“What is this photo of you doing jello shots?” my Mother asked me at a family gathering last year.
She was scrolling through my Facebook photos on her trusty iPad and happened to come by some shots of my recent birthday party. In my mid-thirties I’m well past the stage of trying to hide anything from my Mom, but I felt the need to offer some context.
“Well, my friend Gala, who has the same birthday as me found out that I’d never done a jello shot and she basically forced me to do one,” I explained to my dearest Mother.
What I didn’t explain is that I was scared of Gala. Yes, I’m a grown man and I’m scared of a woman. Once on Halloween I was dressed in a woman’s sexy kitten outfit, and Gala was dressed as a zebra. Gala often gets quite aggressive when she’s drunk, and I was easy prey. While doing some moves on the dance floor Zebra Gala ended up kicking me in the face, leading me to the bathroom for ten minutes while I tried to stop a profusely bleeding lip. So when she found out I’d never done a jello shot before and insisted I do one, I didn’t try to argue with her.
Sometimes I miss the days before every little single moment was recorded on social media. I come from the last generation who went to college before the social media revolution took off. Which is good, because college is for making mistakes, and realizing what type of mistakes you don’t want to keep making for the rest of your life. Having my college career on the interwebs for a future employer to see would have probably ensured I would have never gotten a job after graduating.
I also come from the first “screen generation”. One of the most thrilling moments of my childhood is when my parents gave in and bought my brother and me a Nintendo. We were obsessed with it, playing Super Mario Brothers and Zelda until our parents cut us off. Luckily, we were also into sports, and we had some exercise regiment to combat the stagnant lifestyle that often comes along with video games. Computers came along later, but up until smart phones and social media were invented they didn’t dominate our lives like they do now.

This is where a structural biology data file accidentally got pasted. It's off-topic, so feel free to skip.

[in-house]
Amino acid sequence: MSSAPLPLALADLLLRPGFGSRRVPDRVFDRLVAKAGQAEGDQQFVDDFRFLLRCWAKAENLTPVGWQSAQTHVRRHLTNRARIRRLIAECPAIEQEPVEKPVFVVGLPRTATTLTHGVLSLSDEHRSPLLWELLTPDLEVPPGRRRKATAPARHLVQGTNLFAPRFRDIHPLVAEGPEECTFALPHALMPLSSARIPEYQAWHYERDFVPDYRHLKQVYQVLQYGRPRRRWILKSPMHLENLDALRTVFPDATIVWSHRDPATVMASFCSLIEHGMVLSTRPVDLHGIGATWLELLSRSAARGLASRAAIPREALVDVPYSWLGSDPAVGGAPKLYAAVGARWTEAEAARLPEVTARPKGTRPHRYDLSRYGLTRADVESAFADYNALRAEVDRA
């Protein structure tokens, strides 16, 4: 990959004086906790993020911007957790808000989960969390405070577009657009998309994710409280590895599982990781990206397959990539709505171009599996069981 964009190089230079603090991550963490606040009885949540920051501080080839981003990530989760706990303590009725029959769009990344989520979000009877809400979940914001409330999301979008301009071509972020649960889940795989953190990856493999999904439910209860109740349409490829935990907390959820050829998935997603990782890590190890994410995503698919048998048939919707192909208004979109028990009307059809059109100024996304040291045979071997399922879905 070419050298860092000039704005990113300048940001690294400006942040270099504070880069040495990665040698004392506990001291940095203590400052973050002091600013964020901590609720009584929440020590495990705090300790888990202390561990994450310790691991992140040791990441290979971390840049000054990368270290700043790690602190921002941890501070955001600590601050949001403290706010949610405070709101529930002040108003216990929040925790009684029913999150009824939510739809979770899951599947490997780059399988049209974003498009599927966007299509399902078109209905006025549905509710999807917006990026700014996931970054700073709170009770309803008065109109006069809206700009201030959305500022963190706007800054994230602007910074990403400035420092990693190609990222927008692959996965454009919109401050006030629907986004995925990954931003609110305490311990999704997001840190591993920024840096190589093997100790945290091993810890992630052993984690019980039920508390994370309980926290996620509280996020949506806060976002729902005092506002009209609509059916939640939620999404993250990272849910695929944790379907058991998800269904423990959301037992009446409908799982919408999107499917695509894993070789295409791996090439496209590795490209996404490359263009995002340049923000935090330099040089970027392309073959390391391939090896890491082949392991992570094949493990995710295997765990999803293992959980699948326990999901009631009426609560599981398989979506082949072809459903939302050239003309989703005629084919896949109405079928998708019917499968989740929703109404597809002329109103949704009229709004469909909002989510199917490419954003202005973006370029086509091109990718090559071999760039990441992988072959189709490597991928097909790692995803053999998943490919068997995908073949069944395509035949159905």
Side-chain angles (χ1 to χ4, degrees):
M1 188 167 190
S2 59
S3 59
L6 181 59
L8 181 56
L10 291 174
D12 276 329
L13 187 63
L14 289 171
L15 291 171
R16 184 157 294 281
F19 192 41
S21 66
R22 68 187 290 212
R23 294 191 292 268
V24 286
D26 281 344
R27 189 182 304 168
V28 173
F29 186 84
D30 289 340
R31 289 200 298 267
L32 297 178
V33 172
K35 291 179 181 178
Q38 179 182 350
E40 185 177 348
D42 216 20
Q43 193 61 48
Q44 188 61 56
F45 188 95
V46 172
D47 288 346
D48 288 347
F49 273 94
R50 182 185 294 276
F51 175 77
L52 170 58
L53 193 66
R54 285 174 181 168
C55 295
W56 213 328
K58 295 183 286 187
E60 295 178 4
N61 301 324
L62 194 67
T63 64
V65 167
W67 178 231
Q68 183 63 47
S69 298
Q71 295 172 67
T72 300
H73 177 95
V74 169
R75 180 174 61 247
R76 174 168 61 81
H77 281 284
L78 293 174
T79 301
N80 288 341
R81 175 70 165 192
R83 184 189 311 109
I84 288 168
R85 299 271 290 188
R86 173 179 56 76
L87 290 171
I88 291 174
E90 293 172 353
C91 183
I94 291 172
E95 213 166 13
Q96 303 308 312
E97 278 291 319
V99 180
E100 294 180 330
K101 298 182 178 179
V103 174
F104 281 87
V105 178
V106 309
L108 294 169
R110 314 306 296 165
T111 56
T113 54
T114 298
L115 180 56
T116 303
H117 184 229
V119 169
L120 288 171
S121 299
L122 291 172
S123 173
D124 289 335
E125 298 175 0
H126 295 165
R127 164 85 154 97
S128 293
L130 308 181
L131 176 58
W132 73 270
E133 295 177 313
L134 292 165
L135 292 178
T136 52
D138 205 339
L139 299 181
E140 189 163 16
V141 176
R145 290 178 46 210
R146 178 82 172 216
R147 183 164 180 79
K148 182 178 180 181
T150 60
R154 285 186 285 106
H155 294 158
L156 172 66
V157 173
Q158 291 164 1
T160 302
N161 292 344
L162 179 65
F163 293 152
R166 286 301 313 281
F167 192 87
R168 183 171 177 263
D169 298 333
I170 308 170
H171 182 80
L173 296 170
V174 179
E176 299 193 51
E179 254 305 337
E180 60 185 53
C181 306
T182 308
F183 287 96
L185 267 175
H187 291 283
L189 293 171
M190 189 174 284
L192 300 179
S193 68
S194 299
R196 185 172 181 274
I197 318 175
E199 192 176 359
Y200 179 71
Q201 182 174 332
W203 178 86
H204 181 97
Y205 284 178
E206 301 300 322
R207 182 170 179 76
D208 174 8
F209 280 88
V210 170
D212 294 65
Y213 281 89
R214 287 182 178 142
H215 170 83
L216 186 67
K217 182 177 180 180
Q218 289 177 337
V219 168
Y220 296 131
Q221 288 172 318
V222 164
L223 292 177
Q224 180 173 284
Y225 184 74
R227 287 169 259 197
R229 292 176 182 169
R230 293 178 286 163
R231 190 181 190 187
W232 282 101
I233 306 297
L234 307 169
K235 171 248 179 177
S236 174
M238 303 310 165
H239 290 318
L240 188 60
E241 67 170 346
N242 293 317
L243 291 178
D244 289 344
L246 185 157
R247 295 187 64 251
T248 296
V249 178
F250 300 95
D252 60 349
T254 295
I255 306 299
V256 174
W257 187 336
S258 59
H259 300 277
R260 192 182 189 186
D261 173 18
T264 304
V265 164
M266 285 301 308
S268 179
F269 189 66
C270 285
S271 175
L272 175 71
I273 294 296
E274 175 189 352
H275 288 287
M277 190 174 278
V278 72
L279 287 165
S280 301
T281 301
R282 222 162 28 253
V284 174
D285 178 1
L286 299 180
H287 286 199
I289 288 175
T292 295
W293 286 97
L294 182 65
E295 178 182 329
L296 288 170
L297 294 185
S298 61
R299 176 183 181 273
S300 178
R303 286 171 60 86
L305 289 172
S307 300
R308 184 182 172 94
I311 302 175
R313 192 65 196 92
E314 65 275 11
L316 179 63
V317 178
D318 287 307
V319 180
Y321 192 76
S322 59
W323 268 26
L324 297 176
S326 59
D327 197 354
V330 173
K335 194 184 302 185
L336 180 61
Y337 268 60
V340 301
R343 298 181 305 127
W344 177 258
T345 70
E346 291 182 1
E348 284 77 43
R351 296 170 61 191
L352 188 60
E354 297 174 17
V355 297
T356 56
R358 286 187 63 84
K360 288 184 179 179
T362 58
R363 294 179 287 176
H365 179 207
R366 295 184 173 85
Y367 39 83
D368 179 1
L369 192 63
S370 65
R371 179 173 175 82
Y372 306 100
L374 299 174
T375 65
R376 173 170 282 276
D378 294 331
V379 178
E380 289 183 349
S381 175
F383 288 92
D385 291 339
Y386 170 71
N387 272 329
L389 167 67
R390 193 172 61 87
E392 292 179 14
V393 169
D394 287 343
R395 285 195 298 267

Yes, I come from the last generation of phone callers and note passers. The generation that remembers calling a girl’s house and the accompanying fear that her parents might answer. And making mixtapes for a girl, poring thought into each and every song. When the only way to access adult entertainment was stealing a Playboy from someone’s Dad, and hope to God you didn’t get caught. When people had pagers, and often used pay phones, and if you were lucky enough you would get a page that read: *69, which means you were going to get some action.
But I had no game then, I didn’t really know how to talk to girls until I was in my early twenties; I was as scared of them as I’m as scared of Gala in a zebra outfit now.
I did have pager, though. A couple of my friends, who were selling dirty brown brick weed, had pagers and I wanted to be cool and have money like them and sell weed. Problem was my Mom. She found the pager and freaked out. “Drug dealers use pagers,” she said.
I thought about trying to angle saying I was just hoping for a “star 69” but that wouldn’t work, and I lost the privilege of a pager.